1. Hi. By what I've read from you so far we have experienced to comics in a similar way. I've reached your blog searching articles about Supergirl. Much like you I became attracted to her because her apparitions in some of the Legion of Super Heroes' old stories, mainly in the arc when they had to fight Darkseid. I got sad too seeing her die in Crisis. But in those stories she was really Super, fighting villains on her level of power, instead of bullying pitiable bank robbers. From DC I also liked The Teen Titans by Perez a lot. However by the other hand I was more a Marvel fan, being my favourites The X Men (the second formation), Captain America and Spiderman. Back in the 80's beginning I was really into superhero comics, however by the end of the 80's and the beginning of 90's the overall quality of those comics dropped a lot, plot wise and art wise. Before continuing I must tell that I'm far below your level of writing, mainly because English isn't my native language and I'm not skilled at it, so I'm sorry if I sound weird sometimes. I'm from Brazil and here, back in the 80's, the comics chronology was a few years behind the stuff released in the US, so take this in mind when I mention dates. Back to the main subject, the quality had fallen below bearable levels and I dropped reading comics in the very beginning of the 90's. However I always have been an avid comic reader and missed a lot not having something to read, so I tried many alternative stuff like Heavy Metal, Druuna, The Immortals by Enki Bilal, Tank Girl, plus some underground comics. None of these were completely satisfactory to me. Let me go back to the 80's again, before the superhero comics disappointed me beyond repair. There was a new series started by Marvel that radically diverged from their regular stuff, it was Epic Marvel, featuring Dreadstar, Sisterhood of Steel and Alien Legion. These were far above Marvel and DC regular stuff in tematic, drama, sex and violence, however the average US and Brazilian comic reader wasn't prepared for such level of realism, I may say, and the series were cancelled just after a few issues -- I still keep these in my collection, even after almost 30 years they were released here. So that was my condition before my first contacts with manga -- yes, manga, the Japanese's comics -- I'm saddened seeing how and intelligent and critic person like you keep reading stuff that you yourself qualified as trash many times, so I decided to try talking to you a bit regarding manga. As far as I have read your posts, you never mentioned, much less reviewed any manga title released in US, and there are a lot of them, so I doubt the comic store you're a regular doesn't have some on sale, so I fear you have prejudice against them or, less probably, you never had the chance to read manga. But, even if you have prejudice or if you are ideologically compromised to not read any comics that aren't made in USA, try to bear with me till the end.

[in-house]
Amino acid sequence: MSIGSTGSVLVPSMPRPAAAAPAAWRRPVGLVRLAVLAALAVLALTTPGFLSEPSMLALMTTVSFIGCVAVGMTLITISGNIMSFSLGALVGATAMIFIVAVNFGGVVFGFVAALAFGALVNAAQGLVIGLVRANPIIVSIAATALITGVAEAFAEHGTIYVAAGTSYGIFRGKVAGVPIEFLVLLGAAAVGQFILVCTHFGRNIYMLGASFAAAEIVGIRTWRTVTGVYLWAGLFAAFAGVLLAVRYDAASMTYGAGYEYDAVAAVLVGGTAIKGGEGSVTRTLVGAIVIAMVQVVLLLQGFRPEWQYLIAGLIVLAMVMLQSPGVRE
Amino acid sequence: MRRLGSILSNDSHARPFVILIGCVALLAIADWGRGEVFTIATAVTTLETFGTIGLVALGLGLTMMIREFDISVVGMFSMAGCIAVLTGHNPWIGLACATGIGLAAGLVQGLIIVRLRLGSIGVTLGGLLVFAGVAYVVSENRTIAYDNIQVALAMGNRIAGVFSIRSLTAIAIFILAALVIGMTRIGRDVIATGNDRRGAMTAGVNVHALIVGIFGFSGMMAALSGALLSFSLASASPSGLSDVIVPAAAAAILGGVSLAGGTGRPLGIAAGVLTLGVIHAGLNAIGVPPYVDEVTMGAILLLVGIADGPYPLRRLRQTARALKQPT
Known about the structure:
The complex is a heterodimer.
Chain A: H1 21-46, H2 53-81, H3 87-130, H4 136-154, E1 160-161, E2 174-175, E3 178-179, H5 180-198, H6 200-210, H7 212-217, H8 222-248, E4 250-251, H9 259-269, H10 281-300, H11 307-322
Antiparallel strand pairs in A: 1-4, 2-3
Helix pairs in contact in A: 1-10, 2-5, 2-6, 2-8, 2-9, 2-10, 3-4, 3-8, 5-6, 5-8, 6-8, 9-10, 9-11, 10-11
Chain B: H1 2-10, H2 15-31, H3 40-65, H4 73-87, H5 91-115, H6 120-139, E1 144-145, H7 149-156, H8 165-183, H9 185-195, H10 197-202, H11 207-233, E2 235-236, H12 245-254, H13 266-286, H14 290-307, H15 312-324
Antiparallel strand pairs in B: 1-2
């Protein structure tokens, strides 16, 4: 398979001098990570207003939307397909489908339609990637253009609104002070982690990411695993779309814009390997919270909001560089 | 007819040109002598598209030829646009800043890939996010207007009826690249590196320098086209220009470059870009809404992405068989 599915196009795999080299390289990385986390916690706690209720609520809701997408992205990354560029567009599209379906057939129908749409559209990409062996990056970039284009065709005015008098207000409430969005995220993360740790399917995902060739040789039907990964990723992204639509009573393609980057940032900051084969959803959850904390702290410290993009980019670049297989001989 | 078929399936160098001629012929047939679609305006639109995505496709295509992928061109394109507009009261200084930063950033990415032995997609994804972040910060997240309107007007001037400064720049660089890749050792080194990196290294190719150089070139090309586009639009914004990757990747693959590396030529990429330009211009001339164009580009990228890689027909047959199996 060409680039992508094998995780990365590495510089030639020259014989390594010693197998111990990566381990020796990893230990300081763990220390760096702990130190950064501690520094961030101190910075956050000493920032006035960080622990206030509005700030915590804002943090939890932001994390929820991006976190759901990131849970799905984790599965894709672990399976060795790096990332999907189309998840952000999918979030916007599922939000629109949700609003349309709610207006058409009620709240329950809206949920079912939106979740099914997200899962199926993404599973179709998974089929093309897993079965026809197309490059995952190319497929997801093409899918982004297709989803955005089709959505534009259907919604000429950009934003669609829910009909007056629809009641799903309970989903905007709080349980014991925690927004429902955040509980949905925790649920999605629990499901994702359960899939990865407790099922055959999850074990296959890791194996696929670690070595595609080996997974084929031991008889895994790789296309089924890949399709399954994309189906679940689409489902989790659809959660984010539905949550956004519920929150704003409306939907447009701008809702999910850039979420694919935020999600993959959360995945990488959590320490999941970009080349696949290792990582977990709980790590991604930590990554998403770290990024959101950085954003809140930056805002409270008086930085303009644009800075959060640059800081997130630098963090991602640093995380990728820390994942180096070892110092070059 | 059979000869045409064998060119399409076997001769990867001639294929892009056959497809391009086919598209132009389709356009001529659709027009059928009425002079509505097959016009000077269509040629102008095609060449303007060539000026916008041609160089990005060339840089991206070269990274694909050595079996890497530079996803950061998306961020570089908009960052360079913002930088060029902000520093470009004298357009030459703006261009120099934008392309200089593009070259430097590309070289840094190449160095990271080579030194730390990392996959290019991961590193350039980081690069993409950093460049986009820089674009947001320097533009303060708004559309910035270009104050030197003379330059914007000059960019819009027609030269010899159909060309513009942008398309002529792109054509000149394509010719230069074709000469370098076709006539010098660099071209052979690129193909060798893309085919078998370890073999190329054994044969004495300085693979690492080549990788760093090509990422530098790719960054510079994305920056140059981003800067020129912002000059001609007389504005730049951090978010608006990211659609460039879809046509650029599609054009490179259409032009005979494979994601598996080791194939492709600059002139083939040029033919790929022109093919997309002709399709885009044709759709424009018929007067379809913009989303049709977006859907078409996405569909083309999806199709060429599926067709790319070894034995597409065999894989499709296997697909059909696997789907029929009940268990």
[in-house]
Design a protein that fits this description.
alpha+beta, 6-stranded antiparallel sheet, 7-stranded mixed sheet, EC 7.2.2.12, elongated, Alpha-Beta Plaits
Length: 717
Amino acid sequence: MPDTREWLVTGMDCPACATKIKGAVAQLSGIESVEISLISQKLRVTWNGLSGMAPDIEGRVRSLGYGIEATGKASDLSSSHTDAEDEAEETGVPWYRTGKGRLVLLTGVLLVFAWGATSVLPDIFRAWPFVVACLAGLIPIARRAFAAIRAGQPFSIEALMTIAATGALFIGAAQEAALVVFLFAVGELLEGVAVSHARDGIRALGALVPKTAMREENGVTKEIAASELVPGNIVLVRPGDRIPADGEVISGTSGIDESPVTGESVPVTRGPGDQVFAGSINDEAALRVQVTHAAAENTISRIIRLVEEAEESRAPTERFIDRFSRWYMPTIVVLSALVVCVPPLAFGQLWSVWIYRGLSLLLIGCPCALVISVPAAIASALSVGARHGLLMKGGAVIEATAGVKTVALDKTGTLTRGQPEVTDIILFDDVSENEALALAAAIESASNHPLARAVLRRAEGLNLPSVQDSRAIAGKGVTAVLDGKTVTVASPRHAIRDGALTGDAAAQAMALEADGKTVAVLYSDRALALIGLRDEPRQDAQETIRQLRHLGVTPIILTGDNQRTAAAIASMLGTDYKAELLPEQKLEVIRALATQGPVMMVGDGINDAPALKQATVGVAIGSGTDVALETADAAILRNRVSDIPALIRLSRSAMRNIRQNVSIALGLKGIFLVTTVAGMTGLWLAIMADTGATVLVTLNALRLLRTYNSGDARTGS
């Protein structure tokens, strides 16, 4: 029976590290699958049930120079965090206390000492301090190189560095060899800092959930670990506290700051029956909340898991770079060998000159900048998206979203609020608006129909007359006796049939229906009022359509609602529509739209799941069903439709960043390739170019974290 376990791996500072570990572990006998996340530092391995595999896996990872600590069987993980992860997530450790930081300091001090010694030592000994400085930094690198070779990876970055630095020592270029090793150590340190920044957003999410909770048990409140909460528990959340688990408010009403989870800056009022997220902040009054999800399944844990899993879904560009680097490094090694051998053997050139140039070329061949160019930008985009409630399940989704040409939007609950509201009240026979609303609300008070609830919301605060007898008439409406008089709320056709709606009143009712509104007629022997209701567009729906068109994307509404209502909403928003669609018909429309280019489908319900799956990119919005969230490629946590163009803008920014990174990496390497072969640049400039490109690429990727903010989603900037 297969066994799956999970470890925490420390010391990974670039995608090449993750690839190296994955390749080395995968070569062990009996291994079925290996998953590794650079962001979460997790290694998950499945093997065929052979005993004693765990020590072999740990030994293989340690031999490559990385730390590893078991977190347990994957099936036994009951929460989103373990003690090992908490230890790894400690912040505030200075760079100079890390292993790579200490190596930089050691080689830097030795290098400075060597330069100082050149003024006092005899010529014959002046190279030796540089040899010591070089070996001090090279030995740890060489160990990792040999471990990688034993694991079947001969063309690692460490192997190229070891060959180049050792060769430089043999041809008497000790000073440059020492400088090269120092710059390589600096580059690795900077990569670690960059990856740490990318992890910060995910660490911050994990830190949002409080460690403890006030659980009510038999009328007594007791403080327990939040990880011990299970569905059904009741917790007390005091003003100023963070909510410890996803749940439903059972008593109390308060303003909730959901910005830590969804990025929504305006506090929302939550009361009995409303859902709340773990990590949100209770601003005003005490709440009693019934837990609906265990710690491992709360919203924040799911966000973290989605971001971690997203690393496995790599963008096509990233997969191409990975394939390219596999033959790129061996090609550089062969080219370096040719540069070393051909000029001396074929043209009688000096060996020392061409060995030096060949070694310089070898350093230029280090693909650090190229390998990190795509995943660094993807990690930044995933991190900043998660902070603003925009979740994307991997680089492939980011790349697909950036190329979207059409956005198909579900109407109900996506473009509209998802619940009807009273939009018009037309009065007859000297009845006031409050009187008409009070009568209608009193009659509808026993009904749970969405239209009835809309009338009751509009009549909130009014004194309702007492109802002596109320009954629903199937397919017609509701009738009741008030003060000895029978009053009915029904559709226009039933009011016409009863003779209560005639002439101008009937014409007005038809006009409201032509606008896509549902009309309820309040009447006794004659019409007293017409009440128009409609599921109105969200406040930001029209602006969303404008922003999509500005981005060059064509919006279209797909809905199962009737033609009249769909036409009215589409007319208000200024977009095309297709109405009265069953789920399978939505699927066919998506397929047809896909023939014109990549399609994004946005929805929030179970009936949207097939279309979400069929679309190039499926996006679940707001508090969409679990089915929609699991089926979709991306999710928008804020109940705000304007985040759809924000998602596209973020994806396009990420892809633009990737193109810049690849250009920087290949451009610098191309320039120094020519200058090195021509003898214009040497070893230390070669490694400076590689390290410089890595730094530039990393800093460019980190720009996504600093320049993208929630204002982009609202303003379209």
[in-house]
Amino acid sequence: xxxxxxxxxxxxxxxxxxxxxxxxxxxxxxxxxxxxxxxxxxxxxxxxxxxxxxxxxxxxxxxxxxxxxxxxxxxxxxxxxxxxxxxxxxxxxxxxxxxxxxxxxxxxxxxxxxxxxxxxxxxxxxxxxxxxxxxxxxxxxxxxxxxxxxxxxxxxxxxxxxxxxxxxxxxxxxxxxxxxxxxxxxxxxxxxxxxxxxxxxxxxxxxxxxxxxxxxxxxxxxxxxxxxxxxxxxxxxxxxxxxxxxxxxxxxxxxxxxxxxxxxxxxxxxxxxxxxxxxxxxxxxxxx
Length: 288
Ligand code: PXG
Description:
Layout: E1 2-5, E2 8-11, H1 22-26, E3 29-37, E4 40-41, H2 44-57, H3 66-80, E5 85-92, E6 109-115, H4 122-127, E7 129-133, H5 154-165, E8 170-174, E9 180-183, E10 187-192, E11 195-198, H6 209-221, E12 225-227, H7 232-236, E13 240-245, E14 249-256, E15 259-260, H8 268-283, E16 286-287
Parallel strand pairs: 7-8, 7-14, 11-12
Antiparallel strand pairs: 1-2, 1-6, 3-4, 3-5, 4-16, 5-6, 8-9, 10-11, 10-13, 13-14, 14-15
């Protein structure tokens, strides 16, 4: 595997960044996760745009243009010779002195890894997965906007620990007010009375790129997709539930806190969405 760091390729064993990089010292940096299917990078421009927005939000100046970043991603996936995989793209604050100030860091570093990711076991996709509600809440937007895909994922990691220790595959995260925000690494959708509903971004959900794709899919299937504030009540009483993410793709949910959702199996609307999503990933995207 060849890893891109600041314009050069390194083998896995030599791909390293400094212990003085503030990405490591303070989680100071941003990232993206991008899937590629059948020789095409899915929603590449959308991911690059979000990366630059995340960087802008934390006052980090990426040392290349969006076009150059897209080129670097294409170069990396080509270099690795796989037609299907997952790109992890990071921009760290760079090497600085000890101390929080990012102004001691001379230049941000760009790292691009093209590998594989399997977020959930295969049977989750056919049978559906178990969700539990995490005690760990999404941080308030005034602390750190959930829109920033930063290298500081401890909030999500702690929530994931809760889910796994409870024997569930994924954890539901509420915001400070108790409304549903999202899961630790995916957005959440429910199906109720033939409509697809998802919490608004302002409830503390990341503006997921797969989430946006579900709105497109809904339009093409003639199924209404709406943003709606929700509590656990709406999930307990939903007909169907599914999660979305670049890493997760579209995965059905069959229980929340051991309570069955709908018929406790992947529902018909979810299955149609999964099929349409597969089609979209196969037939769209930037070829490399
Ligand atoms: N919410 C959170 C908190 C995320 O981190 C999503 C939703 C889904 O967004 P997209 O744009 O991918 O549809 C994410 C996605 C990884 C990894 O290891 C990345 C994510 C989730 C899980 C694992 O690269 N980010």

2. Way before I had the chance to read any manga, I was a fan of Japanese animation, because the level of drama and realism inside the plots and the unique animation style. So I had high expectations when I finally was able to read the first titles that arrived here in Brazil -- and in US also. Those were: Akira; Mai, The Sensitive Girl; Lone Wolf and Cub and The Sword of Kamui. After these I knew I would never be able to give up reading manga from then on. US comics industry is big by any standards, it's undeniable, however it is dwarfed by the manga industry. Some of the Japanese titles sells over 3 million copies short after release. Manga authors aren't tied to models and fixed patterns like the mainstream superhero comics that is endless recycling the same old characters. There is a great number of authors -- mangakas -- releasing their stuff all the time and they have far more creative freedom, for the good or the evil, than any comics author would never imagined. Reading manga is a far different experience to those used to comics. Most of the stories aren't colored, have in average almost 200 pages per issue and, most important of all, deal with some thematics that we could never thought being possible. I can't go any further fearing my lack of skill to convey my thoughts in English can irk you. So I'll end suggesting you one of my favourite mangas ever: Battle Angel Alita. It started being released in US by VIZ comics by the second half of the 90's, now it is being released by the US division of Kodansha and reached 26 issues so far. If you want to give a try, and I really hope, you do, you can download the first nine full volumes here
    If you try and like it, I can suggest some other titles later. Thank you for attention.

  3. I have very little experience with Manga. But to be honest, before the last couple of years, I had very little experience with comics outside of Marvel and DC, period. It is my frustration with DC that has caused me to branch out into the other American "Indy" titles, which I never tried before. So, at some point, I may try some Manga.